Fundamentally, the logic is that the allottee must be aware of the alteration in the last approved plan and areas of shared areas and the initially sanctioned plan and areas and until this is fixed, the opposite party is not authorized to payment of any extra area.

The NCDRC also pointed out that though the Real Estate Regulation Act 2016 has made it mandatory for builders or developers to specify the carpet area of the flat, the hitch regarding super area is not yet resolved and additional restructurings are essential.

With regard to the compensation for the postponement in handing over the ownership of the flat, the apex court tightened the noose on the builders. A bench of justice U.U. Lalit and justice Indu Malhotra made it clear that the one-sided agreement and arbitrariness of the builder would no longer work. They said that when the home buyer is not able to repay instalments or amounts overdue, the builder levies a fine on him that he is forced to pay, so why should there be no penalty on the builder when he doesn’t transfer the custody of the house or flat in time?

The Supreme Court said that flat purchasers are eligible for compensation for the failure of the builder to satisfy their declarations with regard to facilities and for the late handing over of the flat. The Court set aside the decision of the NCDRC, which in July 2019 had rejected the grievances of 339 flat purchasers saying they were not entitled to the compensation more than what was specified in their flat purchase contracts for late ownership and lack of guaranteed comforts. But the Supreme Court bench said the flat titleholders are entitled to the reparation more than the amount stipulated in their treaties with the builders.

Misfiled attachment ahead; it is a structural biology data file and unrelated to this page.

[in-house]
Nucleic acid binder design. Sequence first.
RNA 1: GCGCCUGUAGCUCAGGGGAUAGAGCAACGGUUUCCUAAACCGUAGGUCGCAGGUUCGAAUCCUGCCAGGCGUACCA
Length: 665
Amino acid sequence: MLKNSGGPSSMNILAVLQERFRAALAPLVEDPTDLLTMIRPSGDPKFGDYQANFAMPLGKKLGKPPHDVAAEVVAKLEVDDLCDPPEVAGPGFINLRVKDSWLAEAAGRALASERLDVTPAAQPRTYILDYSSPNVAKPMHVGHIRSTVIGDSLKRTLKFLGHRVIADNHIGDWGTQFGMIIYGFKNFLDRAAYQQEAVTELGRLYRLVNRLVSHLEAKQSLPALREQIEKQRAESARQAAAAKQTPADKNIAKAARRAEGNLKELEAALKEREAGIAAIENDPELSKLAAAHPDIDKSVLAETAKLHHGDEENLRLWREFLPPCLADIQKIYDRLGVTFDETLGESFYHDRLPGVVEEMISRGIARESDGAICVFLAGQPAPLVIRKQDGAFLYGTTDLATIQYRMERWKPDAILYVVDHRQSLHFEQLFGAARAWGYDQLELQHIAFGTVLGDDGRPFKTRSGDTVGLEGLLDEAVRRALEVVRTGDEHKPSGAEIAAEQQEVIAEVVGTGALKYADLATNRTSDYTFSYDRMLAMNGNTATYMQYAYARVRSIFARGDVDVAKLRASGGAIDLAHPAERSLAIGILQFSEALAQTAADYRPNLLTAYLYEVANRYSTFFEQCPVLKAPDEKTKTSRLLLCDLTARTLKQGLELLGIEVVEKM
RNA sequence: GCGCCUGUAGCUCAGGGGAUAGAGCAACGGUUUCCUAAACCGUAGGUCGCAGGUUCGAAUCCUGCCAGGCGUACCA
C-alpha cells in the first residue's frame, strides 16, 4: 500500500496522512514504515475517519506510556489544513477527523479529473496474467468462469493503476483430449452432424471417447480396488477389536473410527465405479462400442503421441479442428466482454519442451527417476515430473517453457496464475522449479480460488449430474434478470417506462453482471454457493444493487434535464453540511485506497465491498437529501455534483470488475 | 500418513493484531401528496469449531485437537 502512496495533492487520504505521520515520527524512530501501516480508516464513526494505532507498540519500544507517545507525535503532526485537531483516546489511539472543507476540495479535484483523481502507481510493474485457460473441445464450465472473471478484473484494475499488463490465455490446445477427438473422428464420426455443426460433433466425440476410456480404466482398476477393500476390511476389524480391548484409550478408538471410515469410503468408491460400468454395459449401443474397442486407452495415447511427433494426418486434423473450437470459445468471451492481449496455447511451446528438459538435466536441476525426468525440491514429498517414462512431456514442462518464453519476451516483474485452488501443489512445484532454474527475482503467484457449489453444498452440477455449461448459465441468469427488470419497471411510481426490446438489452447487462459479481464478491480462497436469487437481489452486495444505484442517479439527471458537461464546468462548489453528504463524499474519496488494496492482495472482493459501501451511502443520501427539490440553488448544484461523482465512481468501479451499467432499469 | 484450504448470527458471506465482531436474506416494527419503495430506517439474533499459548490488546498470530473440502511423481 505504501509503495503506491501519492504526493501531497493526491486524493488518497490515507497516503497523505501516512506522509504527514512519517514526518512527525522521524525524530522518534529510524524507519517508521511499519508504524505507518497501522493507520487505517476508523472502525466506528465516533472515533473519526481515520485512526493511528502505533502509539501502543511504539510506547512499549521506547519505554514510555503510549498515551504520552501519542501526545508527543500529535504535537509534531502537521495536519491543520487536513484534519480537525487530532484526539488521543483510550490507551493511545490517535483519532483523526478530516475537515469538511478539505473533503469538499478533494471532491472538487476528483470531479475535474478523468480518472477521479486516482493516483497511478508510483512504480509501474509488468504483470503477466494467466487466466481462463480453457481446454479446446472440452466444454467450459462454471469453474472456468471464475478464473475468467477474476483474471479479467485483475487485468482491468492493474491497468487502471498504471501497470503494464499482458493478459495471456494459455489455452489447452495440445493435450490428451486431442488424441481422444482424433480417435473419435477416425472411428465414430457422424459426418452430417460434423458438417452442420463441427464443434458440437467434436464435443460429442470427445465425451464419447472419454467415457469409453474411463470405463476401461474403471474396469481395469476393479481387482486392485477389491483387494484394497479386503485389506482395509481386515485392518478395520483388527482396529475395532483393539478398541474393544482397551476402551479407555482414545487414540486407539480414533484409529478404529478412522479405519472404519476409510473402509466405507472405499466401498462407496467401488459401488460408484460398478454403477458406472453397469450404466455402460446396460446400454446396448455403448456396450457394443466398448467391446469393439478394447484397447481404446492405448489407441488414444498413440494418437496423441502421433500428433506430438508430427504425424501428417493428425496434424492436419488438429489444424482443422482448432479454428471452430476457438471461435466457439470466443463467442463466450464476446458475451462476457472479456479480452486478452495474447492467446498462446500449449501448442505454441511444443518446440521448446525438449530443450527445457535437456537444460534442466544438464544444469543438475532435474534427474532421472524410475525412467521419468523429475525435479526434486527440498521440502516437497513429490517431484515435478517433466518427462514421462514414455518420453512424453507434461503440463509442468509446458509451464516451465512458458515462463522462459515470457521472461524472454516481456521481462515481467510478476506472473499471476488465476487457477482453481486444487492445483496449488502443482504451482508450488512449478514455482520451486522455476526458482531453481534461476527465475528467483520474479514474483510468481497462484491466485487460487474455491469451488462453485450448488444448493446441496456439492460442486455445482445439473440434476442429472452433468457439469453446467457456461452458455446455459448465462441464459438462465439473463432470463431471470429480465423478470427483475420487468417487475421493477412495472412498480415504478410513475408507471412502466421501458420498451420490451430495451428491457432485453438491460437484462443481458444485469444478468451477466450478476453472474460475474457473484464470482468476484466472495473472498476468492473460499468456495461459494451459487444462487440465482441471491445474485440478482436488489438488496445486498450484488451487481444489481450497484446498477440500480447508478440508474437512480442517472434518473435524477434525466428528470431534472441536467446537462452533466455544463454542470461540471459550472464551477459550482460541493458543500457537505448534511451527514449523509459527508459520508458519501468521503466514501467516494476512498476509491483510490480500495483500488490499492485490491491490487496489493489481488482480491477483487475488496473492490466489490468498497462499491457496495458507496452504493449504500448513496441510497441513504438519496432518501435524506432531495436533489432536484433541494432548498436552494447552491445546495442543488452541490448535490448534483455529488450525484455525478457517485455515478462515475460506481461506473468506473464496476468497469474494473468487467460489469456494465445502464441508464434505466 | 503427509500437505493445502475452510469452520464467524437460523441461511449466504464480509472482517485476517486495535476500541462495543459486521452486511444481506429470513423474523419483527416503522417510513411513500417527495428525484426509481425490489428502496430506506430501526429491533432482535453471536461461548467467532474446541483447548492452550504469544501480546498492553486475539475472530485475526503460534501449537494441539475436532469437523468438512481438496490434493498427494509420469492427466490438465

According to the verdict, the compensation amount shall be calculated on the total money disbursed towards the acquisition of the flats with effect from the date of expiry of 36 months from the implementation of the flat purchase contracts until the date of the offer of ownership after receipt of the occupation certificate. The verdict said that the compensation sum shall be over and above the money which had been paid over or credited by the builder at the rate of rupees 5 per square foot monthly at the time of the drawing of final accounts. The Court instructed builders to pay the compensation within one month from the date of this decision and warned that in case of default, an interest at the rate of 9 per cent per annum would be applicable until payment was done.

It was observed in the ruling that possession cannot be treated as paper possession, as asserted by the complainant. The opposite party is already ready to repair the flaws noticed in the joint inspection. In these situations, the complainant will be entitled to compensation for delay only up to three months beyond the offer of possession.

For millions of homebuyers, whose destinies hang in the balance as builders fail to live up to their promises, the Supreme Court verdict has given a ray of hope.